Saturday, February 27, 2010

Kitchen Odyssey: The Waiting Game

We are very fortunate to have friends who can help us with this remodel, keeping costs down. Well, I should say we are fortunate that our children have friends who can help us out. Mikey (yes, that is what he calls himself) and Tony have both worked in construction their whole lives. In addition to general construction, Mikey is a journeyman electrician and Tony is a plumber. Both are happy individuals, who work hard, sing off-key, and love to play golf.

It’s a good thing they like the golf, because there are frequently days when they cannot work due to delays not of their own making. They had a two-day delay thanks to a local building inspector. Maybe he was being overly cautious, maybe I am just a rookie who didn’t prepare the plans well enough, maybe a bit of both. We also had 4 hours of standing around and hand-wringing when the cabinets started to be installed. Then another day waiting for the granite installer to come and measure.

Let me just say that I am a timely person. I show up at the appointed hour for events, dentist appointments, airplanes. I am not very tolerant of those who are late, unless they have small children that inevitably cause delays. So when someone says they will be at our house at a specific time, I plan everything around that. Like the granite installer. When he came to measure, he assured us he would be back the next day mid-morning. Now mid-morning to me means 10-11 am. When he had not shown up by noon, we started calling him.

Now I don’t want to piss this guy off, because he is installing a lot of granite and I want it done right. So I try to play it nice. But Mikey and Tony showed up and were going to install my new hood vent. But since they start at 9am, they wouldn’t have enough time before the granite guy showed up. So they picked up our baseboards, measured out all our window and door trim, made their cuts…and still no granite guy. We put a call into the granite guy and they went off to get lunch. When they came back…still no granite guy. He finally returned our call at 1pm and said he would be over in an hour. Not enough time for Mikey and Tony to install the vent hood, again. So they left to play golf.

And what time did the granite installer arrive? 3:15 pm. I was out getting more primer and paint for the trim, which was probably a good thing. It gave me time to cool off.

Of course, installation was not without its hiccups.

· They had to cut into our sink wall to get it to fit tightly. Not sure if that is because the granite wasn’t square or the wall wasn’t square.

· One counter run is longer than 8 feet, so we knew there would be a seam. I had assumed that it would be in the middle of the sink. But the granite installer recommended it be a foot or two to the left of the sink, as he could get a 9-foot piece. He said that seaming is much better these days and that is preferred. I took him at his word, but now I think he was full of shit. While the seam is nicely done, granite varies so much in its look and color, that now I have a 2-foot seam of mismatched granite, rather than a 3-inch seam at the center of the sink. It doesn’t look terribly bad, but in hindsight, it should have been seamed on the sink.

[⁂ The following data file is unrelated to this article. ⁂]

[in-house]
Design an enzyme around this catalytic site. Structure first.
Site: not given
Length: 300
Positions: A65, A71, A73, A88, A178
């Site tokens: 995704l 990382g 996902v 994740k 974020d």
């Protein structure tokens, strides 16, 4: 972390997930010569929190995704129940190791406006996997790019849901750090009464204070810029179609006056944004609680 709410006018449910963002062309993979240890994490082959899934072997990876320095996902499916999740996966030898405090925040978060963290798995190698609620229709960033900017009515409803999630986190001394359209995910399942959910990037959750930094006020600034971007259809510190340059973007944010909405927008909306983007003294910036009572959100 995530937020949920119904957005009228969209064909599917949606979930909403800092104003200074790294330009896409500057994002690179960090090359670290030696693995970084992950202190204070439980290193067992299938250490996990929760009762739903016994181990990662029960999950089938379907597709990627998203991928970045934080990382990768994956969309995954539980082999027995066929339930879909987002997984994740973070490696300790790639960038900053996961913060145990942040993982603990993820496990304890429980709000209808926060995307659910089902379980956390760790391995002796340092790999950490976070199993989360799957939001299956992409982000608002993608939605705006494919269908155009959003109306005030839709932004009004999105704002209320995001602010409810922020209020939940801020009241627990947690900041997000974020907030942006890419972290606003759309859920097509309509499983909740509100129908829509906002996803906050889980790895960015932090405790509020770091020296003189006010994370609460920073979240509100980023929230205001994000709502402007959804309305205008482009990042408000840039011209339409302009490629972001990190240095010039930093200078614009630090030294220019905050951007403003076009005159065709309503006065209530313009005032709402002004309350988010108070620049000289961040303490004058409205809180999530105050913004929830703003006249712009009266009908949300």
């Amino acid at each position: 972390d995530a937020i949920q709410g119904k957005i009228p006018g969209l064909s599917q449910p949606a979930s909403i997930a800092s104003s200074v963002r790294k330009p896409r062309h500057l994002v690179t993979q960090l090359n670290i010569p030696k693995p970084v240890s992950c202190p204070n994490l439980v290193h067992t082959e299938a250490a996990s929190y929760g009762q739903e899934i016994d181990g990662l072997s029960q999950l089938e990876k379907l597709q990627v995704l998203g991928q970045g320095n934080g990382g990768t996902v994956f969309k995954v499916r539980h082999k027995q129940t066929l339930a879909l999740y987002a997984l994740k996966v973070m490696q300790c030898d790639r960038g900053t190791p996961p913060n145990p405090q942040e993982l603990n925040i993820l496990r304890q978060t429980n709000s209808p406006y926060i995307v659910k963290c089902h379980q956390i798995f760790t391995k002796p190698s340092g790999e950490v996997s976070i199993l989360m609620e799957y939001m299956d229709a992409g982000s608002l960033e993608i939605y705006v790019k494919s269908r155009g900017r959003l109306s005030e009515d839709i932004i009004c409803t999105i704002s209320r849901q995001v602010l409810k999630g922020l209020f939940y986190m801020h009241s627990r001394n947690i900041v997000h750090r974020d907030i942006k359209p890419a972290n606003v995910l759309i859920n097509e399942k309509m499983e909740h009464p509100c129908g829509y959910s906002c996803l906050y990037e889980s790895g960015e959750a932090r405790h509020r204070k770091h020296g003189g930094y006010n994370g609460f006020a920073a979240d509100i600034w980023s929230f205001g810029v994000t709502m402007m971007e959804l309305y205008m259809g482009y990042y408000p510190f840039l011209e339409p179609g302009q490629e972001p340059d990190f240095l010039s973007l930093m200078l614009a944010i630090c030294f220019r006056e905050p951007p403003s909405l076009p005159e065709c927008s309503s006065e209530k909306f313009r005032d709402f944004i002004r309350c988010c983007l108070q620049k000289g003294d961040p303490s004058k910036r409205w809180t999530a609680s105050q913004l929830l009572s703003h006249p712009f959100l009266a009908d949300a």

· He also said the cabinet wall that cases in our refrigerator was not square and gave us a choice of placing the granite tight to the wall, meaning the edge next to the stove would not be straight, or making the edge next to stove straight, leaving a slight gap next to the wall. He said we could always adjust the wall to tighten it to the granite, so we went with the square edge next to the stove. But when he placed the backsplash, he did so tight to the wall so it now cannot be adjusted. We have to hide the small gap with a piece of scribe.

While there were issues, Mr B was fascinated during the whole process. He kept relaying interesting tidbits about the installation process to me, kind of like a kid reports a baseball score every half inning. It was cute to watch.

While granite was never my first choice for countertops, several factors played into it ending up the kitchen, namely our realtor recommended it, potential buyers’ expectations dictated it, and the pocketbook could afford it. At $190 per 8-foot slab, it was cheaper than almost anything else. And it does look nice. But I have learned a wealth of lessons here that will serve me well on my next kitchen remodel.

And for your viewing pleasure: our new stove and vent hood, and the fancy outlets that Electrician Son installed on the sink run.

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